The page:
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5. Globe Telecom v. Crisologo, G.R. No.

174644, August 10, 2007, 529 SCRA 811

Facts:

Jenette Crisologo, a lawyer, joined Globe as a manager in its corporate legal services department. She was rushed to
Makati Med due to profuse bleeding, which was diagnosed as a possible miscarriage.

A week after, she reported back to work (April 12, 2002) and tendered her resignation explaining that she was
advised to rest for the duration of her pregnancy, also she requested the permission to exhaust all her leaves until the
effectivity of her resignation (May 30, 2002), to which Globe accepted.

April 30, she called her immediate supervisor, Gonzales, and in the course of their conversation she was informed
that an email about her allegedly solicited money from one of the company’s supplier circulated. Crisologo
requested a copy of such email and an opportunity to confront the person responsible, but Gonzales declined stating
that there was no reason to pursue the matter.

May 22, Crisologo sent Gonzales a letter complaining of her ill-treatment by the company after she submitted her
resignation letter and confided that she resigned only because the email damaged her reputation and for that reason
she requested Gonzales to issue a certification clearing her of any wrongdoings, misconduct or transgression.
Another letter was sent by her insinuating that Globe forced her to resign, Gonzales informed her that she needed to
settle first her obligations to Globe before they could give her the clearance.

Crisologo filed a complaint for illegal dismissal against Globe, believing that Globe would not comply to her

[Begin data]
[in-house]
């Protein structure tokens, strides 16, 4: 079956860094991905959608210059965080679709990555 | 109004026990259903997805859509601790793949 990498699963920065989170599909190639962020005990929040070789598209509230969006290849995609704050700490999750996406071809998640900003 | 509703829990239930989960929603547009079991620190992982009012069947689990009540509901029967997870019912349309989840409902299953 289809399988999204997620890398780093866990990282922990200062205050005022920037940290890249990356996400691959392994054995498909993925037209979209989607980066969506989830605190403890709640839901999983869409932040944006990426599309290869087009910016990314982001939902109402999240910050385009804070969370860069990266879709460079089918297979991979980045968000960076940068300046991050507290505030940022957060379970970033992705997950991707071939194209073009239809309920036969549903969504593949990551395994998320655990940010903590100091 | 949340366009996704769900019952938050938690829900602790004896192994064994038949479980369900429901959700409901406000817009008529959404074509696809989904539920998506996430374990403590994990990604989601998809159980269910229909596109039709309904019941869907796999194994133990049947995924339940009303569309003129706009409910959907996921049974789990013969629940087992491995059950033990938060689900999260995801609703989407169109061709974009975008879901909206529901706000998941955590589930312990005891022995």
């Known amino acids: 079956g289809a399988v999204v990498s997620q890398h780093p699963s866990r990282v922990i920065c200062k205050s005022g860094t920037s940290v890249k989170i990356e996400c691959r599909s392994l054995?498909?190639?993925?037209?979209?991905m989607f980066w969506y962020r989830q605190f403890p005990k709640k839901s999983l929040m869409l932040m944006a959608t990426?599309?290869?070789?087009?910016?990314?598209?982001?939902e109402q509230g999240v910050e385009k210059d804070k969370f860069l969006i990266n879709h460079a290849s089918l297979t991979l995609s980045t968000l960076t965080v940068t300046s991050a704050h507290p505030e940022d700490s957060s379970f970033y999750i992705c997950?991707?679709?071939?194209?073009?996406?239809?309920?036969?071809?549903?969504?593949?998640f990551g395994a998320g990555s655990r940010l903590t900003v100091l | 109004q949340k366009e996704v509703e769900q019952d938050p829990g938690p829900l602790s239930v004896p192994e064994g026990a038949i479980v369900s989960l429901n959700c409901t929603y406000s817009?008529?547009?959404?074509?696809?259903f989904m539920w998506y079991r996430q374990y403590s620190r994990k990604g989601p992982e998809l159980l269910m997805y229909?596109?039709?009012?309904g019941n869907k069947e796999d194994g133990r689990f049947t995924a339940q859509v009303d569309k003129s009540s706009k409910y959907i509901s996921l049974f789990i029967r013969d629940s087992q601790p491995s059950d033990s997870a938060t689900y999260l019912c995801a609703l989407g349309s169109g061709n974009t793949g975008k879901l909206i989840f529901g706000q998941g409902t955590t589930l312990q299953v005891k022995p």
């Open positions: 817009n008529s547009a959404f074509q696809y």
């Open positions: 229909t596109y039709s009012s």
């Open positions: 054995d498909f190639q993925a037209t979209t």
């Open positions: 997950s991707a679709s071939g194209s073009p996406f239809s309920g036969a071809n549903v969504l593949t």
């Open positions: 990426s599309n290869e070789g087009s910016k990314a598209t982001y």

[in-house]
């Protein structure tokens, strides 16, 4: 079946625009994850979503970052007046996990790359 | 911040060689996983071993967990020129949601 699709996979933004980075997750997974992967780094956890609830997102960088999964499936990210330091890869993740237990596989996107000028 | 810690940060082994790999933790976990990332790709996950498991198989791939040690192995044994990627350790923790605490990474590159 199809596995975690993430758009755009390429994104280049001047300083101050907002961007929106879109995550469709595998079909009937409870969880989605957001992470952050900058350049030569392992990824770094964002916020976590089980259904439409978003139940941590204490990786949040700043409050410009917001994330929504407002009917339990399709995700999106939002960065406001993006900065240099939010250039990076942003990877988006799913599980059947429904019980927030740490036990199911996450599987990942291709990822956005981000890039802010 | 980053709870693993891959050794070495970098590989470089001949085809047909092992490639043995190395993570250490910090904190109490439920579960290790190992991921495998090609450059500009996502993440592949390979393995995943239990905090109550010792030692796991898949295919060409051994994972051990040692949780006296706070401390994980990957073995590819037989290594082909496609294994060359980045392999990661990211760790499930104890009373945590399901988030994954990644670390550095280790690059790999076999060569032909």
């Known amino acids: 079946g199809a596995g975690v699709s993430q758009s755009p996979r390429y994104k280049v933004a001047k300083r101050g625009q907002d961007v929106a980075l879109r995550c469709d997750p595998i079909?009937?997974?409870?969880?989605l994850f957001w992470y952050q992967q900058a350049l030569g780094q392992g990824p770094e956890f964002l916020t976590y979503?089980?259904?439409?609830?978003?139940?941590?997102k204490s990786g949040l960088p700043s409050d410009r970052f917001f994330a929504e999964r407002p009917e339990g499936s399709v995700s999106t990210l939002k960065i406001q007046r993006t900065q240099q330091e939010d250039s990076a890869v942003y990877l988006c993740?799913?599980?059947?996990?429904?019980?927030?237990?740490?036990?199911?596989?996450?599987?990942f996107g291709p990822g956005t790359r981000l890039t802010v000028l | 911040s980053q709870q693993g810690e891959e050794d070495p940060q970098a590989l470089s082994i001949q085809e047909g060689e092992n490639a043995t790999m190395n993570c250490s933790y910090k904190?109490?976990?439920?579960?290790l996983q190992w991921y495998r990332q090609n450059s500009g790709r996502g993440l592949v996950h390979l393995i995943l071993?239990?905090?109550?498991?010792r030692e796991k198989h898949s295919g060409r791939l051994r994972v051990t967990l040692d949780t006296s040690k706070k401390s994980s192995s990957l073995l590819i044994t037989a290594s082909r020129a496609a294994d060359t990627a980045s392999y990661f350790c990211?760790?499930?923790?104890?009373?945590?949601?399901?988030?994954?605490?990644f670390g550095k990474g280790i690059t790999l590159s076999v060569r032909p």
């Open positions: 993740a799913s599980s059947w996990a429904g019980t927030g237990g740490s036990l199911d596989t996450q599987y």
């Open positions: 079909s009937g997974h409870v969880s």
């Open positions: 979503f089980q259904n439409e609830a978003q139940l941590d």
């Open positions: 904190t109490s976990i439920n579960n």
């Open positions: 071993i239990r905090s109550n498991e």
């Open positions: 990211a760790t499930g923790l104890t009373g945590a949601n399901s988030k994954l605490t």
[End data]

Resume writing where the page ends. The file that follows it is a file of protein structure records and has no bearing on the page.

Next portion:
demand, and alleged that she was fired due to the rumor that was not proven. Globe contended that the resignation
letter of Crisologo showed her unconditional desire to resign.

Labor Arbiter: dismissed the complaint

NLRC: affirmed LA, statig that a mere rumor could not possible force a lawyer to resign.

CA: reversed NLRC, there is absence of sufficient proof that Crisologo voluntarily resigned.

Issue: Whether or not Crisologo was forced to resign

Ruling: No. LA and NLRC were correct.

Crisologo’s resignation letter proves that she voluntarily resigned. This fact alone negated her claim that Globe
coerced her to resign on April 30, 2002. How could she have been forced to resign if two weeks earlier she tendered
her resignation letter?

Resignation is the voluntary act of an employee who finds herself in a situation where she believes that personal
reasons cannot be sacrificed in favor of the exigency of the service and that she has no other choice but to
disassociate herself from employment.

Employees resign for various reasons, human resource studies reveals that various factors in and out of the
workplace affect an employees’ employment decision. In this case it was for the sake her child’s wel-being with
motherhood clearly taking precedence over her job. Crisologo could not have been coerced or intimidated. Coercion
exist when there is reasonable or well-grounded fear of an imminent evil upon a person or his property or upon the
person or property of his spouse, descendants or ascendant. No such situation existed in this case.

In St. Michael Academy v NLRC, the court held that expressions of gratitude cannot possibly come from an
employee who is just forced to resign as they belie allegations of coercions.